I have been collecting mini helmets for several years and have well over 100 helmets on display in my home as well as another dozen or so in my cubicle at work. Each one is unique and special in its own right. From the USFL to the CFL, XFL to NFL Europe, Arena to college, it makes me smile just looking at all of them. Mini helmets are a great way for fans to show their support for a team. I use mine as a way to chronicle the history of football. It is a tangible way to keep alive the memory of teams and leagues that have come and gone over the years.

My point is this; a good helmet design is essential to a football teamís persona, but it is even more important at the high school level. It helps set the tone for the whole schoolís identity. A football helmet is a powerful symbol that the entire community can rally around in supporting the schoolís many activities throughout the entire year.

So donít let your favorite local high school team wallow in football helmet obscurity for another season. Take the initiative and see if you canít get them to make those plain old helmets more distinctive. That way, the whole community will be proud to stand up and say, "Thatís out team!"

Some Unique Football Helmets Through the Years

For my money, the Michigan Panthers of the United States Football League (1983-84) had the classiest helmet in the league. The champagne colored shell and panther head were truly unique at the time and it is still one of the best looking helmets of all time. Of course, winning the 1983 USFL championship didnít hurt the Panthersí helmet popularity either.

Also in the USFL, the Jacksonville Bulls (1984-85) also had a pretty unique helmet design. It had a bullís head on the sides and the rest of the logo wrapped all the way around the helmet where the name "Bulls" appeared across the back, sort of like the NFL Seattle Seahawks helmet logo.

The USFL Boston Breakers (1983) had a white helmet with blue and gray waves encircling it. The helmet remained the same even when the team became the New Orleans Breakers in 1984 and the Portland (Oregon) Breakers in 1985.

In the Arena Football League, who can ever forget the 1996 Minnesota Fighting Pike? The helmet was gold with the logo of a jumping fish with evil looking red eyes. The Toronto Phantoms (2001-2002) not only had a logo on the side of the helmet, but they also had a winged skull right on the front of the helmet, just above the playerís eyes. That must have been very distracting to the opposing players.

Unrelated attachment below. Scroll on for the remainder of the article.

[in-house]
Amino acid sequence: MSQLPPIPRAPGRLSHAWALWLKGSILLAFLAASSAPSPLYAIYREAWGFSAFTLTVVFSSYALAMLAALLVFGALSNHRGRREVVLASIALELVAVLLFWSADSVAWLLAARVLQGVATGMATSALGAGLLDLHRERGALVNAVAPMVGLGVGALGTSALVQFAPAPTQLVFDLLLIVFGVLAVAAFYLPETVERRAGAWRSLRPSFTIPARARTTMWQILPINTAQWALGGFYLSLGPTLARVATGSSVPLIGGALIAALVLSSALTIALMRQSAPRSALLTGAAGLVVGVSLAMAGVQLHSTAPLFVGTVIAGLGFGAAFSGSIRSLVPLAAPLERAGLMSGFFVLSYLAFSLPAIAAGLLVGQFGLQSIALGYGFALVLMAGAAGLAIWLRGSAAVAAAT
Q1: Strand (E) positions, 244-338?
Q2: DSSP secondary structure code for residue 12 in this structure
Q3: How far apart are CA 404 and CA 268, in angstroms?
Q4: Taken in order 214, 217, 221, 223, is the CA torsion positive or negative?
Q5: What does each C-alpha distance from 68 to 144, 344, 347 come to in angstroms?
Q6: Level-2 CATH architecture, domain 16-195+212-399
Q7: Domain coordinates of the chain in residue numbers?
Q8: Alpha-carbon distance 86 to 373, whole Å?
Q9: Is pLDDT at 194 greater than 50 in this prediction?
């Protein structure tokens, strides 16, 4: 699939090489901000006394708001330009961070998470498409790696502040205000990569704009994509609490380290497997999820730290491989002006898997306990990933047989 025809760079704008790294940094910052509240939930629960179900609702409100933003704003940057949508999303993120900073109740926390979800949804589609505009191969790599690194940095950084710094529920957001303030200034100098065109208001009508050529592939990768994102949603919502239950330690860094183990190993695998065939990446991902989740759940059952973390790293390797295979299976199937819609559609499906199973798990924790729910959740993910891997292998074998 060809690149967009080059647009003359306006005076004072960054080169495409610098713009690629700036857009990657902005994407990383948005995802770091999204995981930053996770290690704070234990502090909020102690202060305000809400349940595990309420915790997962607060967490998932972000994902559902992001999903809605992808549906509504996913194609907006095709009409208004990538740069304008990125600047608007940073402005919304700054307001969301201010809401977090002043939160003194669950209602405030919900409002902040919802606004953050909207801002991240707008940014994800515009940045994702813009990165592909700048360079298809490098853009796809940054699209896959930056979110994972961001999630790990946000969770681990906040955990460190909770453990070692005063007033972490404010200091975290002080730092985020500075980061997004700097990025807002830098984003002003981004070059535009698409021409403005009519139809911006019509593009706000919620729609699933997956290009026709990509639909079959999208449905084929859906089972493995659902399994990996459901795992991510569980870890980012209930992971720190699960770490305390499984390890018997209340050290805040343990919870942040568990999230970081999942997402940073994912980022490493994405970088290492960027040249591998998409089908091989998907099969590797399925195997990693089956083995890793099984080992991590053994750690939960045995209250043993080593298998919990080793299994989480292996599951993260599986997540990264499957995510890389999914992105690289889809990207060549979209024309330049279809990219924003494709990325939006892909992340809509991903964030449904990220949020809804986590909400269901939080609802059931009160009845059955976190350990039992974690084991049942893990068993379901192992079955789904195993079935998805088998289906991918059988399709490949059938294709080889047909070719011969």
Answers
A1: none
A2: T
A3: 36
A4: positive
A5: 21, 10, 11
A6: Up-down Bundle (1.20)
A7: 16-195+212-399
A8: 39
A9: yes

The Iowa Barnstormers helmet (Arena Football League 1995-2000 and arenafootball2 in 2001) had a design featuring old fashioned style pilotís goggles while the Miami Hooters (1993-95) helmet logo looked suspiciously like that of the restaurant chain. That was probably because they were both owned by the same person. (You can imagine what their cheerleaderís uniforms looked like!)

The arenafootball2 Quad City Steamwheelers helmet (2000-present) has two billowing riverboat smokestacks going straight over the top and down the back of the helmet. In the XFL, the Birmingham Bolts (2001) had lightning bolts that started on the front of the helmet then ran across the sides, over the top and down the back.

What will they come up with next?


If you want see some of the helmets Iíve mentioned in this article for yourself, here are a couple of links. MisterHabs.com contains current and past helmets from all the many professional indoor and outdoor football leagues, some you may never have even heard of;


Also, check out "The Helmet Project." There you will find a plethora of helmets from college football teams in the U.S. and Canada;